Waste problem

Waste is a massive problem. World Bank estimates show that, globally, we produce approximately 2.01 billion tonnes of solid waste each year. However, at least 33% of that waste is not managed in an environmentally sound manner — and that’s an extremely conservative estimate. The importance of waste segregation is something that we can no longer afford to ignore.

The situation is much the same in the UK. In 2018, only 44.1% of municipal waste was successfully recycled. Admittedly, this was an increase from the rate of 43.8% in the previous year. Low recycling rates can be largely attributed to inadequate infrastructure for processing our rubbish, which has, historically, been sent overseas to countries like China for processing. But with China enacting a ban on foreign paper and plastic waste imports, the UK faces the risk of having a waste treatment capacity shortage of up to 6 million tonnes by 2030.

Fortunately, the UK government has committed to an ambitious 65% municipal recycling rate by 2035, adopting a large part of the European Union’s Circular Economy Package (CEP) into UK law. The initiative also seeks to ensure that no more than 10% of municipal waste ends up in landfills.

To achieve these recycling targets, both households and commercial organisations will have to do their part by accurately segregating their waste. For businesses, sorting the trade waste they produce is a critical component of an effective reuse and recycling system.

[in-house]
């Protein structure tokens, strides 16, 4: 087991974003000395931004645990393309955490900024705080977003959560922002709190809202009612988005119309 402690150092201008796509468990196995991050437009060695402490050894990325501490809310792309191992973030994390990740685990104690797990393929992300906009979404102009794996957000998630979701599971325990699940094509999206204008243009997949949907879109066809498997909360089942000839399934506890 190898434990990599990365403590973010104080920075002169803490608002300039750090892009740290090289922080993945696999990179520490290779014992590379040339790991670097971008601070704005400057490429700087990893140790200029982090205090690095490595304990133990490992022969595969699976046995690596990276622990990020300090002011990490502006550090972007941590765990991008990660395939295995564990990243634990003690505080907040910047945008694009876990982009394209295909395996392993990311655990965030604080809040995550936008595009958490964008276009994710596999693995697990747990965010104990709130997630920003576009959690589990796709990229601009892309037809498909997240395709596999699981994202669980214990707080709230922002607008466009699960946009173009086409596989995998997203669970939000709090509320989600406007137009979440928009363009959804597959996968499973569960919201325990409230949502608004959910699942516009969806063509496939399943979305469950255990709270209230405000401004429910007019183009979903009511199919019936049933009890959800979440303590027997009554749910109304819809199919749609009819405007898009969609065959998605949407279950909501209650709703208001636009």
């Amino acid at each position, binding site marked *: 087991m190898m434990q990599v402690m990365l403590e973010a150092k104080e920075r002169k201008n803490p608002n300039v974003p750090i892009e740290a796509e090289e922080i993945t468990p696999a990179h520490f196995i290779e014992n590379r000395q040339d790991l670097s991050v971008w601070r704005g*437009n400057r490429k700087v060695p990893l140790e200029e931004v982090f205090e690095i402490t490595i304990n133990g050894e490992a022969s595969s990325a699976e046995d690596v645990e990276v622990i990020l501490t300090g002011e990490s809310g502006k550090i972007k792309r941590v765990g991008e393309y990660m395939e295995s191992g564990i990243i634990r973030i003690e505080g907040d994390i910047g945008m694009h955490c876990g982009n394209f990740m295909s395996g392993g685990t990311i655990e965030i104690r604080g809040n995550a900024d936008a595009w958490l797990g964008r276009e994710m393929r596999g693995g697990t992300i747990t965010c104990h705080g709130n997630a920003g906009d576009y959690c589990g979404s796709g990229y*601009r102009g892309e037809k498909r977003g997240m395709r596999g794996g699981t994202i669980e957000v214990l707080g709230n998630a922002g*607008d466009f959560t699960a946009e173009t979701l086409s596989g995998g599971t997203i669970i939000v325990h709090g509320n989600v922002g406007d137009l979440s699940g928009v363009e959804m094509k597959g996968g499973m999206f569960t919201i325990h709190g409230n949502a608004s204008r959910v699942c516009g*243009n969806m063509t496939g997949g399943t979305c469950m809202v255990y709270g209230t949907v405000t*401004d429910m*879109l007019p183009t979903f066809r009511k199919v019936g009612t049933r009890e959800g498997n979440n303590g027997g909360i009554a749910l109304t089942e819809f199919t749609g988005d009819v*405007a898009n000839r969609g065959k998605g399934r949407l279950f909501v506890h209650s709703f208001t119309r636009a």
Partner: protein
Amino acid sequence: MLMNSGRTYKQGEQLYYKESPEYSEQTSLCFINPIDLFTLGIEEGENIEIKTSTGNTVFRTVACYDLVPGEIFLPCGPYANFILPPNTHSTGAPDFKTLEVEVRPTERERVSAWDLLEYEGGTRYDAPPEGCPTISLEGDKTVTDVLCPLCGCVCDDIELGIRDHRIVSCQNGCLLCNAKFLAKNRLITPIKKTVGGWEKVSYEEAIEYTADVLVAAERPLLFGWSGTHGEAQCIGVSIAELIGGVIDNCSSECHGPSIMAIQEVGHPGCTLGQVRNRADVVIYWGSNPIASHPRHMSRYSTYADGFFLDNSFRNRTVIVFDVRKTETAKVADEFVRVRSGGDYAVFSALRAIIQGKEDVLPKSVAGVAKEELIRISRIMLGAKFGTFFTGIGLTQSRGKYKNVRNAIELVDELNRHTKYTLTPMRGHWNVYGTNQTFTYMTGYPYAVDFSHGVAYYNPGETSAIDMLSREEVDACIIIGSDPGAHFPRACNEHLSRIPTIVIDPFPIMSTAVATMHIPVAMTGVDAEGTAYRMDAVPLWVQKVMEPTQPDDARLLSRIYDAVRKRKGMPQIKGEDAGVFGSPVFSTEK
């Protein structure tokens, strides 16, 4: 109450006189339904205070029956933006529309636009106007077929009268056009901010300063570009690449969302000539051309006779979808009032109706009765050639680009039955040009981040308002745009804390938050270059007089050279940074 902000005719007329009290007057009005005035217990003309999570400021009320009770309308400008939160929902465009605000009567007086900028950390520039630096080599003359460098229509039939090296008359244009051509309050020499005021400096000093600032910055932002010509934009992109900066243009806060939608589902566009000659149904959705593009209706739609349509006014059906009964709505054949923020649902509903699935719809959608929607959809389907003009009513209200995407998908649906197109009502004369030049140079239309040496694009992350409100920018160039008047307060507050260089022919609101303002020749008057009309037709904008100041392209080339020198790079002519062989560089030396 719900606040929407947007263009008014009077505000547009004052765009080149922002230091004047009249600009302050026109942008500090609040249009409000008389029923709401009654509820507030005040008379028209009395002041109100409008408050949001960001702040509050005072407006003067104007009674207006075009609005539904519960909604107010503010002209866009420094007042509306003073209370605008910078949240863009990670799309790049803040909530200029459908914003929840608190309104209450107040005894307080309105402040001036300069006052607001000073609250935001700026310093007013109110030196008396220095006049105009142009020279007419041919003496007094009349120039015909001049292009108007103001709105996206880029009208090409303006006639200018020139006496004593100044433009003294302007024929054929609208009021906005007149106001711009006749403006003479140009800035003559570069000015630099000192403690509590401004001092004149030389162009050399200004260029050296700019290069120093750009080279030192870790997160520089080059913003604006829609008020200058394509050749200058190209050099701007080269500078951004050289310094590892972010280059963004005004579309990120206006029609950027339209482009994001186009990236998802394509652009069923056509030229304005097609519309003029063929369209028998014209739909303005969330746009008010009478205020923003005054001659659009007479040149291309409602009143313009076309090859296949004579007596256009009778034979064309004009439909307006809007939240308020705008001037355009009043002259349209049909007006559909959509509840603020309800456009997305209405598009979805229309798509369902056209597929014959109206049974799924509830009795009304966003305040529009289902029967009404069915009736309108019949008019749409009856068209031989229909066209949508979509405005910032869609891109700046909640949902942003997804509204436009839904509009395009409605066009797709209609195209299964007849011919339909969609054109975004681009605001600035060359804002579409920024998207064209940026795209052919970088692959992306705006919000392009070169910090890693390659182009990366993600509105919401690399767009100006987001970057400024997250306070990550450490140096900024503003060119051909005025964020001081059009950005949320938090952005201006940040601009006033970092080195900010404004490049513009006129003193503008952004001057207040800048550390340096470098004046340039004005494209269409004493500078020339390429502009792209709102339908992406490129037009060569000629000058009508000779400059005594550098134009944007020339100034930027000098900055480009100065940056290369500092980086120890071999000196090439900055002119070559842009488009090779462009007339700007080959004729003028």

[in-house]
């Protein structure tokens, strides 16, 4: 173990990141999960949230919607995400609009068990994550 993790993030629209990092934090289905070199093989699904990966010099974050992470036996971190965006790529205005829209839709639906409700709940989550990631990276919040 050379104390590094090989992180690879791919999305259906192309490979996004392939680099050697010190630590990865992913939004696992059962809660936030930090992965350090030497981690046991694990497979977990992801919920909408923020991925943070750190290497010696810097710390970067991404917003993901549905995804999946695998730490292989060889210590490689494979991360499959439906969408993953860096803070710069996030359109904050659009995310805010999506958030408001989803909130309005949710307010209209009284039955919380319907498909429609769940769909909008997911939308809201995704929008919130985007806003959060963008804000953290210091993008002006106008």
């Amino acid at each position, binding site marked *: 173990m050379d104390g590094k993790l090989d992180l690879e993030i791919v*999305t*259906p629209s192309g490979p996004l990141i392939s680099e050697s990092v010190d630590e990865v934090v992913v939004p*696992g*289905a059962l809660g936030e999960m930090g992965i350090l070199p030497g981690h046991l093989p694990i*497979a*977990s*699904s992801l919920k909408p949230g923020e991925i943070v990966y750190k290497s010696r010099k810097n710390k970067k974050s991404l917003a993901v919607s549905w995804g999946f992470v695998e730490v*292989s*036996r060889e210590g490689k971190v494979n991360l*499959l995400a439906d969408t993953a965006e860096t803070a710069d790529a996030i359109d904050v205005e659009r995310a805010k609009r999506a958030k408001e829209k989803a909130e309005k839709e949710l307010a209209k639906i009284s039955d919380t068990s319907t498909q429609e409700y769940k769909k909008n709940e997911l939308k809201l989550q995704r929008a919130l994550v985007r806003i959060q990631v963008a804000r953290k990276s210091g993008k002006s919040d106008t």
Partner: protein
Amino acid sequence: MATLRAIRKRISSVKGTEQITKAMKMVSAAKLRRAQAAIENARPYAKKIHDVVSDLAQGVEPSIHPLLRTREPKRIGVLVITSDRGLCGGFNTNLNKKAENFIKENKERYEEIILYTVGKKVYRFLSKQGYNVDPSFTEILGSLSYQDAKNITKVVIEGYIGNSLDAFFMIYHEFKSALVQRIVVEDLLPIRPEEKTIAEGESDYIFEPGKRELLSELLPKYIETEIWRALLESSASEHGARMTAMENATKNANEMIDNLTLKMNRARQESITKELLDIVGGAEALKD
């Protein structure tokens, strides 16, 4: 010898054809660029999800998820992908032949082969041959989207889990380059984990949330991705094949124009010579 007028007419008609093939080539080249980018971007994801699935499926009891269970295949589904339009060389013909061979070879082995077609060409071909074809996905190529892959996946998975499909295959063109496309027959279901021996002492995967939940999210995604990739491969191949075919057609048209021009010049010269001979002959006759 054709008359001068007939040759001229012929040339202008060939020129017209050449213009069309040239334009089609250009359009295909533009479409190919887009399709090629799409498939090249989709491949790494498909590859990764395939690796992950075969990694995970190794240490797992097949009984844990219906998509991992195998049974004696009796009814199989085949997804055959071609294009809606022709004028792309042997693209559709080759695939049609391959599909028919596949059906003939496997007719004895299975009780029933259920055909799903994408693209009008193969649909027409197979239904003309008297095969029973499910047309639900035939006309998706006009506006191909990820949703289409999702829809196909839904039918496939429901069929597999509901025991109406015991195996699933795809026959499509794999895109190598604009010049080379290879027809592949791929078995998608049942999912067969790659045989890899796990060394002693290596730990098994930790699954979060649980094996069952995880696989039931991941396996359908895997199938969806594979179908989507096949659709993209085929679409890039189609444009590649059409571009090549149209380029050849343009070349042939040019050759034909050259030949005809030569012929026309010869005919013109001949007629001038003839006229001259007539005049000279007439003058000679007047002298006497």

UK law also requires businesses to be responsible for their trade waste by properly storing and sorting it. More specifically, businesses are expected to do the following:

  • Keep waste in a secure area.

  • Store trade waste in containers that will prevent waste from escaping.

  • Label waste containers clearly to indicate the type of waste they contain.

  • Use waterproof containers if rain can cause waste to leak contaminated run-off.

Businesses that handle hazardous waste also have extra storage and sorting responsibilities. For starters, they need to store hazardous wastes separately to ensure they don’t contaminate each other. Hazardous waste items such as batteries, electrical appliances, light bulbs and electronics should be labelled accordingly to make it easier to recycle them.

/ source: https://axil-is.com/waste-segregation/